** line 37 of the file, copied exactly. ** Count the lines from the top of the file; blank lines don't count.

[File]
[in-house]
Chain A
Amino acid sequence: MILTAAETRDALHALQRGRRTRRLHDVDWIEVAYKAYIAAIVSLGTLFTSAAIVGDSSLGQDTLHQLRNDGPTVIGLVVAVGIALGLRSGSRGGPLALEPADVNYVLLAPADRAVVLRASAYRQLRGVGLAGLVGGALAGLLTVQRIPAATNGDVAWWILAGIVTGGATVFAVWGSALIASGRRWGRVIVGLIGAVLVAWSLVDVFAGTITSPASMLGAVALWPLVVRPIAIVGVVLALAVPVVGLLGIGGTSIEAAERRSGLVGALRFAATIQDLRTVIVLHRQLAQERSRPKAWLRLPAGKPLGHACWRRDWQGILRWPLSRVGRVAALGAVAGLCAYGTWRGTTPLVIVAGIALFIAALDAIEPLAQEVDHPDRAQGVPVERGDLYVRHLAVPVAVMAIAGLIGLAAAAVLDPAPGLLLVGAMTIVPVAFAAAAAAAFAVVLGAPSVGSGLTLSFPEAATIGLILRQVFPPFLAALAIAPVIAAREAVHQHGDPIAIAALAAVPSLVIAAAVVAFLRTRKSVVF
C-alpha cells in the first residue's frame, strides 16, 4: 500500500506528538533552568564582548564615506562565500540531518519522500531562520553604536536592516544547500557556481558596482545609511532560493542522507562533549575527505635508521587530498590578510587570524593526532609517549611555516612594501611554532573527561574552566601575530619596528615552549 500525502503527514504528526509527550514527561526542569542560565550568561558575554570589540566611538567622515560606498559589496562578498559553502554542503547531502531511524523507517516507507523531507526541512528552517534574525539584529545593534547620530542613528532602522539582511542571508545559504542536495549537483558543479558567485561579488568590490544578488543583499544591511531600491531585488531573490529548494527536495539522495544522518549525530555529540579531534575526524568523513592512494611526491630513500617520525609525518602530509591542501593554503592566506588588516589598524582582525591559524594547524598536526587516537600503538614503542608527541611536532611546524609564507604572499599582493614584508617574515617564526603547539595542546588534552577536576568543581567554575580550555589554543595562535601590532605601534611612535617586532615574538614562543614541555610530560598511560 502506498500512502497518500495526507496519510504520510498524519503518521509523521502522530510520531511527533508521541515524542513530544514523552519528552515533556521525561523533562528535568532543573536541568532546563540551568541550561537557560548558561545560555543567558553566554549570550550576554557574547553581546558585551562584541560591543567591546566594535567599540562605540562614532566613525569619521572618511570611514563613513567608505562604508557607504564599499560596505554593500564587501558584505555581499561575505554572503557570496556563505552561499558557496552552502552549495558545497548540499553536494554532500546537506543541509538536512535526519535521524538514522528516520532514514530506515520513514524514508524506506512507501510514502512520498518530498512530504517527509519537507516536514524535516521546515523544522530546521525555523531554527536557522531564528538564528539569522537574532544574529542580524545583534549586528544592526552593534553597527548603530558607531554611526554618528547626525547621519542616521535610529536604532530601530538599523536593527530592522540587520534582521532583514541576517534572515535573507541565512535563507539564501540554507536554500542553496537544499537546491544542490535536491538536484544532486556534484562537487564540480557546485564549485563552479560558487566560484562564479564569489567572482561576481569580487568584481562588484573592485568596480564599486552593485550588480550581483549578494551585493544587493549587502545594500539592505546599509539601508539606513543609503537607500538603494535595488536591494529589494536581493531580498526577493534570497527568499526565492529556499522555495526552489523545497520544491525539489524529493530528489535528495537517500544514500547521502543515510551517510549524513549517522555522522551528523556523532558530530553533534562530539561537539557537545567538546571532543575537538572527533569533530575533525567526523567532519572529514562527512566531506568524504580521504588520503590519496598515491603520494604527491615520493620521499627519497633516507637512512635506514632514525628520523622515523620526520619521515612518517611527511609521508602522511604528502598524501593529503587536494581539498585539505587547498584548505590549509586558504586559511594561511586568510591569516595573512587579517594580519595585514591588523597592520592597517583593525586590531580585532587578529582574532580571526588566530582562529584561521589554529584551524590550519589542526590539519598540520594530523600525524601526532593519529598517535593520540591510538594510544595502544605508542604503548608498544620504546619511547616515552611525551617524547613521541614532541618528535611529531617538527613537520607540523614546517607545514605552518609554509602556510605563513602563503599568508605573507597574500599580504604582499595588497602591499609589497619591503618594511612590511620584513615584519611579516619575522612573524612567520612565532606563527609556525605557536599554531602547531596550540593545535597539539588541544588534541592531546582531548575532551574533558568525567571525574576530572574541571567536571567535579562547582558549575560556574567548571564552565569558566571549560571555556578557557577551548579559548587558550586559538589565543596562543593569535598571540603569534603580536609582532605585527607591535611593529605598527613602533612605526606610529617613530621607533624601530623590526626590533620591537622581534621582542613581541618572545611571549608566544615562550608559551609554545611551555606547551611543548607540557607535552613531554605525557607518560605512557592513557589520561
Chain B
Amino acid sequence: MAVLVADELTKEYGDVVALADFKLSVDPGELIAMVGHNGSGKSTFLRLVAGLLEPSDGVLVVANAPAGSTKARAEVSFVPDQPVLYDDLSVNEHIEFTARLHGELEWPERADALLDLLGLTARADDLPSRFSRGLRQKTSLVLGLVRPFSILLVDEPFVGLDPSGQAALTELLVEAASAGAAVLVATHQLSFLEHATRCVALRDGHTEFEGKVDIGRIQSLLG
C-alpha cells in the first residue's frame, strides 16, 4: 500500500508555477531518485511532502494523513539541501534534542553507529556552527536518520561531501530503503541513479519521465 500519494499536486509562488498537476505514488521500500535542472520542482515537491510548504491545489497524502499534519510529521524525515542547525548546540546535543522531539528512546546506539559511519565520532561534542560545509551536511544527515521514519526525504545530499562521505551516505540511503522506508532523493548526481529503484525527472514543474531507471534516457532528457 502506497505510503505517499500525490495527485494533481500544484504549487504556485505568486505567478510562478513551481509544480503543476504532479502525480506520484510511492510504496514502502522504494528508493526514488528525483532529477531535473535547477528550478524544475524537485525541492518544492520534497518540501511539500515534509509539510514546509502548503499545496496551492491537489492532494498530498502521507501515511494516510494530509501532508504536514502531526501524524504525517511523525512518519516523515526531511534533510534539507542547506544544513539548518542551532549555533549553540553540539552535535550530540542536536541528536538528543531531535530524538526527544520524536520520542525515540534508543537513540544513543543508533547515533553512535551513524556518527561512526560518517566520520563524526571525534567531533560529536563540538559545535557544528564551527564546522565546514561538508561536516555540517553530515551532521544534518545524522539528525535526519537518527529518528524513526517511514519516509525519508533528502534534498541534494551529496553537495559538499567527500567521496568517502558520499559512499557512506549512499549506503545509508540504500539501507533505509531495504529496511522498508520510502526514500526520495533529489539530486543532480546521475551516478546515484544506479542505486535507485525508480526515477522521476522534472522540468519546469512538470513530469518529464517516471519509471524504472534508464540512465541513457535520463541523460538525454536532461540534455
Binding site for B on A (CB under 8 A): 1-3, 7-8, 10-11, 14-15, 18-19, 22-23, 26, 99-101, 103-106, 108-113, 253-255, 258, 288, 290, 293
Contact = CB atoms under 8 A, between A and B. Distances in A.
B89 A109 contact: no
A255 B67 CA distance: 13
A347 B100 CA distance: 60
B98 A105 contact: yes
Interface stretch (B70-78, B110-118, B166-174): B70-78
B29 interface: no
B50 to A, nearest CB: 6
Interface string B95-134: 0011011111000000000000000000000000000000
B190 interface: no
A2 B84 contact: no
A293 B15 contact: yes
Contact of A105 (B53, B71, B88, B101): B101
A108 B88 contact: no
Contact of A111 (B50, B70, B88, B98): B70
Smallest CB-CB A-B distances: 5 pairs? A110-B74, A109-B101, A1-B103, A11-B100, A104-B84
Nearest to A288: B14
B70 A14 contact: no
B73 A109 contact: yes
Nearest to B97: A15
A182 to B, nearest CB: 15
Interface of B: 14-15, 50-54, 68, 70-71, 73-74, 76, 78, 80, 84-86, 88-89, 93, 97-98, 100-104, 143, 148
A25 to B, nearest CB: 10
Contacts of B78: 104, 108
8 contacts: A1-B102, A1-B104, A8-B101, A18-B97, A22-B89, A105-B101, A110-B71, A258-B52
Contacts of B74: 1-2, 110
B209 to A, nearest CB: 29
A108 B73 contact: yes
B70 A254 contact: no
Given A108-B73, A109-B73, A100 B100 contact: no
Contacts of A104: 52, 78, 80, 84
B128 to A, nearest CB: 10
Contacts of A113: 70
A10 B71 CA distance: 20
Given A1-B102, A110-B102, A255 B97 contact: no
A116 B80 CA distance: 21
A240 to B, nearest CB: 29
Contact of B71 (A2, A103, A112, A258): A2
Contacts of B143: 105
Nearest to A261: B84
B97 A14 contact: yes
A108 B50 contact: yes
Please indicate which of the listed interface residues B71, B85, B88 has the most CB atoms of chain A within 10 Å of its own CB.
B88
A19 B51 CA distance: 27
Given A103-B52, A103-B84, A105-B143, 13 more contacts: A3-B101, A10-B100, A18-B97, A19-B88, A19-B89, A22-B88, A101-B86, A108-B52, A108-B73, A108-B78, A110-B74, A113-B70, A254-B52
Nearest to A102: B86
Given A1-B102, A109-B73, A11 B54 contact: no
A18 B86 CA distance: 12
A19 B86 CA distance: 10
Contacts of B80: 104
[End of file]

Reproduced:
B70 A254 contact: no